Eye For Film >> Movies >> Tempestad (2016) Film Review
Reviewed by: Amber Wilkinson
Mexico's entry for the Foreign Language Oscar this year is an impressionistic documentary that relates the story of endemic corruption in the country through the very different but equally heartbreaking stories of two women who fell victim to it. These are not tales of people simply being in the wrong place at the wrong time but of a system that is geared up to extort from its populace, who become mired in a system so crooked, it's impossible to find a way out.
Miriam Carbajal narrates her story, for the most part, against images of the 1200-mile journey she made after her release from jail - the visuals employed by director Tatiana Huezo slowly gathering a poetic, emotional weight. She relates how her life as an airport worker came to an abrupt end when she and her colleagues were all accused of people trafficking out of the blue. She is just one of what have become known as the "pagadores" - those who are made to pay for crimes they didn't commit in order that the government can give an impression of being tough on lawbreaking. Being jailed, however, is just the tip of the corruption iceberg, which will go on to include incarceration in a Cartel-run prison where money is squeezed from families on the outside desperate to protect their relatives from torture or worse within the walls.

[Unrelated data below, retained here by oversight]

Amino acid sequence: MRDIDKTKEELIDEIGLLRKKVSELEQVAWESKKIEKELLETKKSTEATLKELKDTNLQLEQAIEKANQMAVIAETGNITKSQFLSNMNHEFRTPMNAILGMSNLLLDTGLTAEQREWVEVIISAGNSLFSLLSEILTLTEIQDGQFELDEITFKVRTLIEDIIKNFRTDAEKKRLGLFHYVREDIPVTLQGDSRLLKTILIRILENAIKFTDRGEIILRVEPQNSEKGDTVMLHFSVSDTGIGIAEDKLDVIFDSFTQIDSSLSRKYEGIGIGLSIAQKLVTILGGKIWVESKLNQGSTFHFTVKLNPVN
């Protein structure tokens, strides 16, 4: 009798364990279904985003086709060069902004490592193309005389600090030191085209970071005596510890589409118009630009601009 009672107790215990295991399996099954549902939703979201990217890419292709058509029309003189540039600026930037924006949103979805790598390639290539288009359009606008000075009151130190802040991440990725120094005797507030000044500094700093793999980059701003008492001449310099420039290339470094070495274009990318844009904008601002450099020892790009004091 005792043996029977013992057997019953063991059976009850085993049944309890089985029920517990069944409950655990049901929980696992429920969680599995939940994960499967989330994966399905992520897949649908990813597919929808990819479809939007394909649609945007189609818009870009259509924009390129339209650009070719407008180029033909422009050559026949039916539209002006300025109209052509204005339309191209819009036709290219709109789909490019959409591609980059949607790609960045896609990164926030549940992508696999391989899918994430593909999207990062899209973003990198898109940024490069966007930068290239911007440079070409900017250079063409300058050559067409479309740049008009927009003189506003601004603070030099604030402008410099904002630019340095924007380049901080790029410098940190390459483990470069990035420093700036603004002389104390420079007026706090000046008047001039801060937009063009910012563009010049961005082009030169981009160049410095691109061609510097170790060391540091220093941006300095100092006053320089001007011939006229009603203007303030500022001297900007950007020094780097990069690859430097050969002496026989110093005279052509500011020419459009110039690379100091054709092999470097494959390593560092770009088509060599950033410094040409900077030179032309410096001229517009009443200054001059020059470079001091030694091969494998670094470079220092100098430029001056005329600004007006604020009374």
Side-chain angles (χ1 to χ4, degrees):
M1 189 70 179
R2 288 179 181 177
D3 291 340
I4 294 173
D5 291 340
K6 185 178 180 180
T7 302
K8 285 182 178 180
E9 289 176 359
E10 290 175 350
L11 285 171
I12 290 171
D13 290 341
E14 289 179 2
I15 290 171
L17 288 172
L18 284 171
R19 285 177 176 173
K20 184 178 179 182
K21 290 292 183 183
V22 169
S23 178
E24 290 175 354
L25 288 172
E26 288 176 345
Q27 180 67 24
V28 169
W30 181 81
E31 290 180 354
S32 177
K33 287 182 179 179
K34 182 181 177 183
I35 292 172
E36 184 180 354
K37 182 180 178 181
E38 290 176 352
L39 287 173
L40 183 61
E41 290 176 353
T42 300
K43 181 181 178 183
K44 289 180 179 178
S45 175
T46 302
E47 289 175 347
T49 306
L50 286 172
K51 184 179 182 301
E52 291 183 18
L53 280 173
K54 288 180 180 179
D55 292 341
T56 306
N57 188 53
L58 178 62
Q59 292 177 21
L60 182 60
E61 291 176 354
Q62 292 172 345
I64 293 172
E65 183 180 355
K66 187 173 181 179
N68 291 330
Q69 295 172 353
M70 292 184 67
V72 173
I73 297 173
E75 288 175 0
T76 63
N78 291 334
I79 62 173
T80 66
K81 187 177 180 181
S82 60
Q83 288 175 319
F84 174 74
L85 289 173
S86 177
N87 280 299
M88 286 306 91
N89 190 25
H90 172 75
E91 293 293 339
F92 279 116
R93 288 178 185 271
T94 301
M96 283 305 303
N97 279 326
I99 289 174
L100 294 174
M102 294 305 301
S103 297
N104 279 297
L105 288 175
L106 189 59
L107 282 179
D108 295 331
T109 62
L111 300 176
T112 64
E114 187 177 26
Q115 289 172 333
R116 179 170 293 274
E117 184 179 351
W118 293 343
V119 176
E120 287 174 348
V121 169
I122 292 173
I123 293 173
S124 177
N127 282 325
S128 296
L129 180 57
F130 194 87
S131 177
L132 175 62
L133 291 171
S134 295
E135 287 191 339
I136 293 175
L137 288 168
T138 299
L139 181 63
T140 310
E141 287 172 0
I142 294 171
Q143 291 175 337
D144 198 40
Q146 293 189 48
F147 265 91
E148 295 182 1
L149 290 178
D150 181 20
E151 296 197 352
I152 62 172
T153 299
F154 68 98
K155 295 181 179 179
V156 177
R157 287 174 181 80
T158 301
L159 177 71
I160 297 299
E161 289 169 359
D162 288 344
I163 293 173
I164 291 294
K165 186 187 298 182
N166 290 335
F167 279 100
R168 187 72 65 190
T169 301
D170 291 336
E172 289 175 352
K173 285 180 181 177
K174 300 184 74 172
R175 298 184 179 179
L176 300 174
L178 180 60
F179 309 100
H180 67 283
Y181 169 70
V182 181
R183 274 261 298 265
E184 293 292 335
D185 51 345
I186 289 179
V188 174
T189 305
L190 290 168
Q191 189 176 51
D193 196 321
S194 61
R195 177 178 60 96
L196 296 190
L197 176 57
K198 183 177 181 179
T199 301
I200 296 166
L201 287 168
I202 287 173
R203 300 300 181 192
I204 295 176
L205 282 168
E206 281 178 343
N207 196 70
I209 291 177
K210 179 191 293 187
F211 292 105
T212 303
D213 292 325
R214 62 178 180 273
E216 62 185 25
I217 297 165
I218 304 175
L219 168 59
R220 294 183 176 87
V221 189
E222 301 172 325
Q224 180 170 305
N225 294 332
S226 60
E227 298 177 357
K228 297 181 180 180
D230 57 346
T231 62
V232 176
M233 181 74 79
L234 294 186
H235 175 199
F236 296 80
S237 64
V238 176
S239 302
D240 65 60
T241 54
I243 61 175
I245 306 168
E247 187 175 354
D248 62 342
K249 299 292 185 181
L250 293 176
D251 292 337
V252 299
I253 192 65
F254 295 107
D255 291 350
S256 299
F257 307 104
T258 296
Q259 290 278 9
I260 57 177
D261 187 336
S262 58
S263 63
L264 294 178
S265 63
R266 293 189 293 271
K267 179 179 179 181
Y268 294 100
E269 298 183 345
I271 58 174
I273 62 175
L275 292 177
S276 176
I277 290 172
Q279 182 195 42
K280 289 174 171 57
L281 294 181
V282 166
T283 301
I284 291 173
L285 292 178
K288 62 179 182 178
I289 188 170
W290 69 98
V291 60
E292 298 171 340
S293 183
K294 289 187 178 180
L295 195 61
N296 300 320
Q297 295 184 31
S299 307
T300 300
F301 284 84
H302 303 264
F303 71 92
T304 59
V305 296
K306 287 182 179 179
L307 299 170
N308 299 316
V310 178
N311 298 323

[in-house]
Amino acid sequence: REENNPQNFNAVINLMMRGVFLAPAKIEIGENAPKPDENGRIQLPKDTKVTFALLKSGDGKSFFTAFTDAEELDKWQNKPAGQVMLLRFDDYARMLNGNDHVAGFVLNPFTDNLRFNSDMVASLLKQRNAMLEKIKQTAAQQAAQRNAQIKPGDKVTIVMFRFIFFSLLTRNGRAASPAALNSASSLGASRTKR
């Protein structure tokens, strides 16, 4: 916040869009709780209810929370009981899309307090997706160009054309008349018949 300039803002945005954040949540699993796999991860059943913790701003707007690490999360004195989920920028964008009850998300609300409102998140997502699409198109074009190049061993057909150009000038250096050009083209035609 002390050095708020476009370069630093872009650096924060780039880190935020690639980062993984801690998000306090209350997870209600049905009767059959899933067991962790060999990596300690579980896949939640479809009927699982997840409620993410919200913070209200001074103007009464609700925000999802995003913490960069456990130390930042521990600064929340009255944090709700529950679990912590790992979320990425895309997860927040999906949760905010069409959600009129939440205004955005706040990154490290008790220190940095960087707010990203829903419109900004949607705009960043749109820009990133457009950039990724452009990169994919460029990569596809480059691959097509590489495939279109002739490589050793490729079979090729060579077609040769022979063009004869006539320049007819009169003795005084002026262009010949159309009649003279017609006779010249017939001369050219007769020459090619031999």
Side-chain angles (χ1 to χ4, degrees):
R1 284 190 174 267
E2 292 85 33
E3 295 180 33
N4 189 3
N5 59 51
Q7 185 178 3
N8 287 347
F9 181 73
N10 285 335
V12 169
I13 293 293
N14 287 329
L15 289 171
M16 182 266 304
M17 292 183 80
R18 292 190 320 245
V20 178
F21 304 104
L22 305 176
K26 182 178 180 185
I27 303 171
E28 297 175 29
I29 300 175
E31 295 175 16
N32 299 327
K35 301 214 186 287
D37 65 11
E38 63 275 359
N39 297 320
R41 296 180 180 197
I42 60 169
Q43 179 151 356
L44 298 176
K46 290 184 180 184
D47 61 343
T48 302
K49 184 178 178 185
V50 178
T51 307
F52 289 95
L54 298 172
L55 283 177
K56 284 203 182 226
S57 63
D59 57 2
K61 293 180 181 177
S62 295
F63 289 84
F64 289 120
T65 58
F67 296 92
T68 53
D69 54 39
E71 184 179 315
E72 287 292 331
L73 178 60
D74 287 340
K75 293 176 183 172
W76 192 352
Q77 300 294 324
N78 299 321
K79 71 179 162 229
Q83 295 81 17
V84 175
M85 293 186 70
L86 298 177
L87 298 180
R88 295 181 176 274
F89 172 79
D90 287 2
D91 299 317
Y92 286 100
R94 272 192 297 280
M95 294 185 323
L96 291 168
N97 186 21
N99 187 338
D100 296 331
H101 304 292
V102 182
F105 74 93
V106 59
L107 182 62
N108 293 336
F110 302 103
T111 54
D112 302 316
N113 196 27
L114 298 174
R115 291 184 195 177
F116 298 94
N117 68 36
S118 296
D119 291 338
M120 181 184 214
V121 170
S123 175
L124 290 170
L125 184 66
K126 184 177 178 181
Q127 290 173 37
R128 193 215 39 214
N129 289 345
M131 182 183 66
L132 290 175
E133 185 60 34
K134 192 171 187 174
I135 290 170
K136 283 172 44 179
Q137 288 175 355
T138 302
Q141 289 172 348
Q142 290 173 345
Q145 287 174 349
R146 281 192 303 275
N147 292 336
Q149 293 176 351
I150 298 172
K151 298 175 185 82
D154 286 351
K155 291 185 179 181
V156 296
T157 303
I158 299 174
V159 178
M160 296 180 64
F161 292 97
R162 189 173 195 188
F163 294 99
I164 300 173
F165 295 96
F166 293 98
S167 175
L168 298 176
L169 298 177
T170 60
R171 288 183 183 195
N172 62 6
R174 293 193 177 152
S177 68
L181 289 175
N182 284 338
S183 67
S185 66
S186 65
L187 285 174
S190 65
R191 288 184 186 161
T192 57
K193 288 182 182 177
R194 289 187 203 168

Arriving as a counterpoint to Miriam's story part of the way through is the tale of the much older Adela Alvarado, who works as a clown with her family circus. While Miriam is never - or perhaps only once - glimpsed in her story, Adela takes a much more central role as we see her teaching the younger members of her clan the tricks of their trade. The closeness of her bond with them makes the tale she tells of her missing daughter, Monica, all the more poignant. Monica, was kidnapped at the age of 20 and the family have faced a struggle against corrupt police as they continue the fight for answers over her disappearance. As Adela puts it: "When you have a child, that child is unique and one child cannot replace another."
There is some patience required with the pace of this documentary, particularly as the stories unspool in unusual, and sometimes non-linear, ways. The use of abstract visuals, however, not only forces us to focus more intently on what is being said in the section about Miriam but also encourages us to become attuned to the 'everyday' life we are seeing, life which, it seems, has an almost constant presence of men bearing arms. Huezo tells us not only the details of two lives broken by corruption but, by extension, also considers the thousands more victims who share similar fates.Reviewed on: 16 Jan 2018